We read an article that said bottom-rot is caused from not enough calcium in
the soil. We live in Colorado where summers are short and weather can change
any minute. Any ideas on how we can improve the calcium in our soil?
I don't know the soils in Colorado, but BER is more often caused by stress.
This can be due to a lack of any of several nutients even by water deprivation
(drought). Some varieties (cultivars) are very prone to BER while others are
relatively unaffected. Check your soil pH. Most soils contain sufficient
calcium, but high acidity can impede the uptake into the plant. Ground
limestone (prefereably dolomite which also contains magnesium) is the best long
term solution. Crushed seashells, eggshells etc also are primarily calcium
carbonate and work the same . Wood ashes are a great source of potasium not
calcium but will quickly but temporarily raise the soil pH.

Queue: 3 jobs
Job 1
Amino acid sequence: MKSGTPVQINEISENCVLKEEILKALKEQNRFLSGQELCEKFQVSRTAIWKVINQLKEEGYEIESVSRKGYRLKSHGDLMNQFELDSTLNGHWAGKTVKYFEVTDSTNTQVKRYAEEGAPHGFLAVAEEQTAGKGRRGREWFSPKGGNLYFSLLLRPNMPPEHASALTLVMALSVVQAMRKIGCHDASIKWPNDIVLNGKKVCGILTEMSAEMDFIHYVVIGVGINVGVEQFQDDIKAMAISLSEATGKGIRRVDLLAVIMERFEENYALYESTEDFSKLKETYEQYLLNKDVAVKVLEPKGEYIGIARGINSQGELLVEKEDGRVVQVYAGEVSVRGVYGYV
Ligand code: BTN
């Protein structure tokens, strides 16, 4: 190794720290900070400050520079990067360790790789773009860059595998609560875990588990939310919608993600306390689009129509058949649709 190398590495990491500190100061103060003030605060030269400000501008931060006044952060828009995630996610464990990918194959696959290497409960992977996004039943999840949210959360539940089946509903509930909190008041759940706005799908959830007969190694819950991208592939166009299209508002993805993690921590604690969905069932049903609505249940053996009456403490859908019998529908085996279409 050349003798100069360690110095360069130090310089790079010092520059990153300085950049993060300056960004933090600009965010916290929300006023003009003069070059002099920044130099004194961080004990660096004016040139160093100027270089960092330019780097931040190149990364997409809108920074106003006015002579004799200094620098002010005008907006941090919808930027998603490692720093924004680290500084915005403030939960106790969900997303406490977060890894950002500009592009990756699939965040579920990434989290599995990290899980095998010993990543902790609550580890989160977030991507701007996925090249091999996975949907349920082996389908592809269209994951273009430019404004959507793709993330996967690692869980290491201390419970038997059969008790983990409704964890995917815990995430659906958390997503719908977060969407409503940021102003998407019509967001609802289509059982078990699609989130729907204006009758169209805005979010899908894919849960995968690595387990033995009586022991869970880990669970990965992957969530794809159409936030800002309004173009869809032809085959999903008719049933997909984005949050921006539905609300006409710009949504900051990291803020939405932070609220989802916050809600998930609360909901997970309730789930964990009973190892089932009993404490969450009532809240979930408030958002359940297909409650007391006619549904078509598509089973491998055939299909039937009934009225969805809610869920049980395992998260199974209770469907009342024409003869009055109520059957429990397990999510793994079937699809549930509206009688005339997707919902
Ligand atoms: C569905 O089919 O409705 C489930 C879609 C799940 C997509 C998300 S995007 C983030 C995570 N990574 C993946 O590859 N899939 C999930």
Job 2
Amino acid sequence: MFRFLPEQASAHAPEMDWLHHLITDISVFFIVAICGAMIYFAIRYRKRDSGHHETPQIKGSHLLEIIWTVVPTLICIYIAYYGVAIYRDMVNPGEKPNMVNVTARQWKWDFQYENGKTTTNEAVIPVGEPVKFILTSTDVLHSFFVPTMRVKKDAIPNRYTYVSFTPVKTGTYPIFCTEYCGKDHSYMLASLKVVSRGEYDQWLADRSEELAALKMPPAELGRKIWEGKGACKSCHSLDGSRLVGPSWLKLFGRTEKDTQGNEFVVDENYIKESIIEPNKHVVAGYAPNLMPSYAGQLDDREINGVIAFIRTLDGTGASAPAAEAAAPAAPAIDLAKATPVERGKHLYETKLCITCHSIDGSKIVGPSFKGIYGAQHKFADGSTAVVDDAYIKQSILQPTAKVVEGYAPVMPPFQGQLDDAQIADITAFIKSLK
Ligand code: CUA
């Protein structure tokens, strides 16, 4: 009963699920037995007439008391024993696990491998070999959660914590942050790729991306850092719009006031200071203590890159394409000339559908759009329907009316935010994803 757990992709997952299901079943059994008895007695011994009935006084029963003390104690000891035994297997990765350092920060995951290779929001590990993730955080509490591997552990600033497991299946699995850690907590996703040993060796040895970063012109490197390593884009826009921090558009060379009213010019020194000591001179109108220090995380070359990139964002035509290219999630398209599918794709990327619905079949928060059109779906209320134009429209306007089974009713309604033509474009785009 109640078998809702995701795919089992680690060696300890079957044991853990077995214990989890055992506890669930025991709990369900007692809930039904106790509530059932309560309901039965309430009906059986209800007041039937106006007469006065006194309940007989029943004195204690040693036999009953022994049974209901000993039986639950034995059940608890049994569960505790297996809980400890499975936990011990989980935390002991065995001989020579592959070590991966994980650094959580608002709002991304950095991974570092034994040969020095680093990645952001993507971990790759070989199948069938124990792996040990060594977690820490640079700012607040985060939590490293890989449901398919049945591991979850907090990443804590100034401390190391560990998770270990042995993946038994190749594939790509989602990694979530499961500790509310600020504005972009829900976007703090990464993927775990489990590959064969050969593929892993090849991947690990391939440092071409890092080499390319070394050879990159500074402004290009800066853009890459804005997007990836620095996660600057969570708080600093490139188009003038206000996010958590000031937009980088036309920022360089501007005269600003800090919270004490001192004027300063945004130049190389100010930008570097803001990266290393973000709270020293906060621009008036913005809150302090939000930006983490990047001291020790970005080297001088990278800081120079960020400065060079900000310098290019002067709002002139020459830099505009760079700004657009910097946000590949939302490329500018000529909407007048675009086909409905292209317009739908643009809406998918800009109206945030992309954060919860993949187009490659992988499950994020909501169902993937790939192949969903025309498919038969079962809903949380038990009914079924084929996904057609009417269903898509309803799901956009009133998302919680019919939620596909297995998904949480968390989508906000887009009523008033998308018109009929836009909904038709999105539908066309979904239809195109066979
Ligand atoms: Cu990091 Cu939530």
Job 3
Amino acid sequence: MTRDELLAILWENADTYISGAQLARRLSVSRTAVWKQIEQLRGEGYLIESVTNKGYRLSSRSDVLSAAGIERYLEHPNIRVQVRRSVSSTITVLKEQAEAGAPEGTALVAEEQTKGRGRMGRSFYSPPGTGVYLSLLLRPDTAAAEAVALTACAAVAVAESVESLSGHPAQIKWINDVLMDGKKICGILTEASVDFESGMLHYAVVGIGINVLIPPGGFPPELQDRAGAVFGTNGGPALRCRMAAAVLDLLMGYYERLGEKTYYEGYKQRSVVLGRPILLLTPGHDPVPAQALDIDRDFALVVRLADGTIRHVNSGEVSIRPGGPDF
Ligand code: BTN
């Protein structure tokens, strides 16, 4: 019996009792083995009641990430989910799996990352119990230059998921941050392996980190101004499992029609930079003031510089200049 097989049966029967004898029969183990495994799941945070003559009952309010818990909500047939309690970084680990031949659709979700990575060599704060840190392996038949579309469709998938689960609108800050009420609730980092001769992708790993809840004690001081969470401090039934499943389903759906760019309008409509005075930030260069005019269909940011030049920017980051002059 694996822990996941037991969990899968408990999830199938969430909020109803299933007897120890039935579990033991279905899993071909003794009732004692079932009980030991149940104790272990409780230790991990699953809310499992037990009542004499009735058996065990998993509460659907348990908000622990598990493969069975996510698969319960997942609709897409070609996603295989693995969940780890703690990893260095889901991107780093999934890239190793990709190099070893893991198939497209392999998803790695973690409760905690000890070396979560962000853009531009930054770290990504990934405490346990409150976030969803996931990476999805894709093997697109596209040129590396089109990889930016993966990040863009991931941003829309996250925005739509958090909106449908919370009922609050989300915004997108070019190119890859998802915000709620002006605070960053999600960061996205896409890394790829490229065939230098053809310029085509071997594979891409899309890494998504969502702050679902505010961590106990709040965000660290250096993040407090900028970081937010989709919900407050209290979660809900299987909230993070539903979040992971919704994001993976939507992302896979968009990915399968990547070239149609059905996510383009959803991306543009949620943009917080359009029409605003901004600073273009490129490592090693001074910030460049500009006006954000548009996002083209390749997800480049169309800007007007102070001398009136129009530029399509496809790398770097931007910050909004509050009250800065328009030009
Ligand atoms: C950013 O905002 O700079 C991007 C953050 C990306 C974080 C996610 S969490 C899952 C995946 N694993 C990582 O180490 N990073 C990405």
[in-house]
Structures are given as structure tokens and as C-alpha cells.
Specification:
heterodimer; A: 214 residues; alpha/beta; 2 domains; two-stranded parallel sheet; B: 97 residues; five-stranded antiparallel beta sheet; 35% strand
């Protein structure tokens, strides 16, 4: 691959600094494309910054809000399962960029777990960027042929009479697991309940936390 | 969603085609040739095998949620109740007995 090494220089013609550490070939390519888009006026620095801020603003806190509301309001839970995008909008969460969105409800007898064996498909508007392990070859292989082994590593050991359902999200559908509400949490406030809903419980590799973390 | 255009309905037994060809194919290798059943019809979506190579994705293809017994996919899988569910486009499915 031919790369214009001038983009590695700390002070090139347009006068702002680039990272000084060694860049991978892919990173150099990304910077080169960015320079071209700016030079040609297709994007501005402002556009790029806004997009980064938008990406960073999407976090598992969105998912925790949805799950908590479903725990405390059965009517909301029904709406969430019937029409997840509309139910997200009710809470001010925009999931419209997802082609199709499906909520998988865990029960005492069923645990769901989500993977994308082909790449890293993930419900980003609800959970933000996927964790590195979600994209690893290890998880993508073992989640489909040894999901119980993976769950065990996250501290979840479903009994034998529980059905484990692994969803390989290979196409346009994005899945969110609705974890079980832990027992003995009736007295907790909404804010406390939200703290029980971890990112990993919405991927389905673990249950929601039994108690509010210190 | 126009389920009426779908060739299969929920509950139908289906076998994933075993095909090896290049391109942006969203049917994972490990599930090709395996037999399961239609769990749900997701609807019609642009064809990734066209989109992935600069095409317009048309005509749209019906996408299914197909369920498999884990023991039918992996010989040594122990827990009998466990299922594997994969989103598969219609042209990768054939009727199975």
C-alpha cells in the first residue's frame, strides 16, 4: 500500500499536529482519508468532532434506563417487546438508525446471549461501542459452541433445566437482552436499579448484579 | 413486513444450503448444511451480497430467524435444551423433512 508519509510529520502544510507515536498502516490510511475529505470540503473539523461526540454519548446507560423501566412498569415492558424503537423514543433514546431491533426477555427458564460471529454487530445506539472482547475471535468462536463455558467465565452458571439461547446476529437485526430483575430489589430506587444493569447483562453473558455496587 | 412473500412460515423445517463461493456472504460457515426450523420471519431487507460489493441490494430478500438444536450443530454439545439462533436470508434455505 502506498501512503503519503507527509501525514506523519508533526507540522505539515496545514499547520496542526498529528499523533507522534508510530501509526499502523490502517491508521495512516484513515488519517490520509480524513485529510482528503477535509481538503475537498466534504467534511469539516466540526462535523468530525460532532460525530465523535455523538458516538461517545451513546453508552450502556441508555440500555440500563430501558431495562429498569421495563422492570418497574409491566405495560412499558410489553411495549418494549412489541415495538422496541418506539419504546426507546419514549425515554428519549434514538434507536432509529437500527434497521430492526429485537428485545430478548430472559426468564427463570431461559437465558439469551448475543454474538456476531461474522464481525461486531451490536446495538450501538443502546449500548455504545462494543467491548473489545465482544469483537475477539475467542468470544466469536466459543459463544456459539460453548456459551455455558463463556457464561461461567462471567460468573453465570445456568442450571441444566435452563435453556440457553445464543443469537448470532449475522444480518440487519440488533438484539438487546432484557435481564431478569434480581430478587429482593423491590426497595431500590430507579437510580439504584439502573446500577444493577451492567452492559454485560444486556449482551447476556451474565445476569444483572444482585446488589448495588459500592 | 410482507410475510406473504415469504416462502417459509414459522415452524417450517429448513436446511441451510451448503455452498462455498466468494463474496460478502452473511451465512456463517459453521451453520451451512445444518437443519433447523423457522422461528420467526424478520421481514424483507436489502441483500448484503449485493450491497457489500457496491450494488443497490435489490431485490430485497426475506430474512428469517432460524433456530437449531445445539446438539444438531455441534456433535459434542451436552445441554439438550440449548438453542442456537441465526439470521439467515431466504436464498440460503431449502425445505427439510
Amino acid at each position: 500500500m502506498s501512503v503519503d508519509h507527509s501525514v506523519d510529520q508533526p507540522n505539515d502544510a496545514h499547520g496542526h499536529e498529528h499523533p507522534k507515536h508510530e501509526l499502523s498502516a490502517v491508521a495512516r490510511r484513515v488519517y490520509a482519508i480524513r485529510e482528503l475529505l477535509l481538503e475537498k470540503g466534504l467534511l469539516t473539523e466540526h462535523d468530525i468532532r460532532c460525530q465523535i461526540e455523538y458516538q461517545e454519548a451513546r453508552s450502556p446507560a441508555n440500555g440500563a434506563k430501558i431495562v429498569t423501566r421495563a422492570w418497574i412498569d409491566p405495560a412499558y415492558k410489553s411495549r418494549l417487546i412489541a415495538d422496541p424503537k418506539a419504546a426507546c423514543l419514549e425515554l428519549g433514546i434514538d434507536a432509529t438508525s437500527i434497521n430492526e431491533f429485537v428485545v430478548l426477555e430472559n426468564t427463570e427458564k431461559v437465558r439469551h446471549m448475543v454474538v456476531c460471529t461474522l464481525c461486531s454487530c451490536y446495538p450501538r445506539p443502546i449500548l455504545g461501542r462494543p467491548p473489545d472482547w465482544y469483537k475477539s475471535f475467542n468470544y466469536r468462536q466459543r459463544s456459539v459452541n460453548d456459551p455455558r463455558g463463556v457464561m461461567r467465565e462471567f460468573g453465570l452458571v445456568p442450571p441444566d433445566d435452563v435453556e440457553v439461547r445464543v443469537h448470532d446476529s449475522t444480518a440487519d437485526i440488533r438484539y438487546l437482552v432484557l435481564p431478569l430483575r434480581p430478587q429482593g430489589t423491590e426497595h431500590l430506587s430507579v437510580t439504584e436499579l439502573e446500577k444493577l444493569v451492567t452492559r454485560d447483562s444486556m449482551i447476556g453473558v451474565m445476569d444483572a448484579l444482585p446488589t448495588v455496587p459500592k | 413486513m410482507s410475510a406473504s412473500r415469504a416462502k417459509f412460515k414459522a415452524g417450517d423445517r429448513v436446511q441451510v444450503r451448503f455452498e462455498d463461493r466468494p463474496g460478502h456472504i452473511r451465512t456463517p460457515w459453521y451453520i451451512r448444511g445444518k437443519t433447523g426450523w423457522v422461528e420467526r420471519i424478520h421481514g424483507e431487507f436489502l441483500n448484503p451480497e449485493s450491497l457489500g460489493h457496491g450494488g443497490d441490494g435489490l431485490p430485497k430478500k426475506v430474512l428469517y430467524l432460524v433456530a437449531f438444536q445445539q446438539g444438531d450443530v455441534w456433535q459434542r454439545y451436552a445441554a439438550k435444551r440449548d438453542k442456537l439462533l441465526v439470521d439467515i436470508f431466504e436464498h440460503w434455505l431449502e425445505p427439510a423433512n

firstname.lastname@example.org (FarmerDill) wrote in message
actually wood ash is in all cases 30 to 50% Ca. In fact, Ca is the
most abundant nutrient in wood ash. All you have to do is a web search
to find out. that is one of the reasons why it is so good for
tomatoes, cabbage and lettuce amonst others. It has both (K-Ca), plus
it helps raise the pH.
On 03 Jan 2004 23:17:12 GMT, email@example.com (JesseMerry) wrote:
Google on "blossom end rot" for copious information. Look for .edu
sites indicating a university agricultural program. BER has a number
of "causes" and, fortunately, often appears only on early fruit and
straightens out by itself further into the season. BTW, it's a
*condition*, not a disease, so the fruits are edible if affected parts
are cut away, and compostable in any case.
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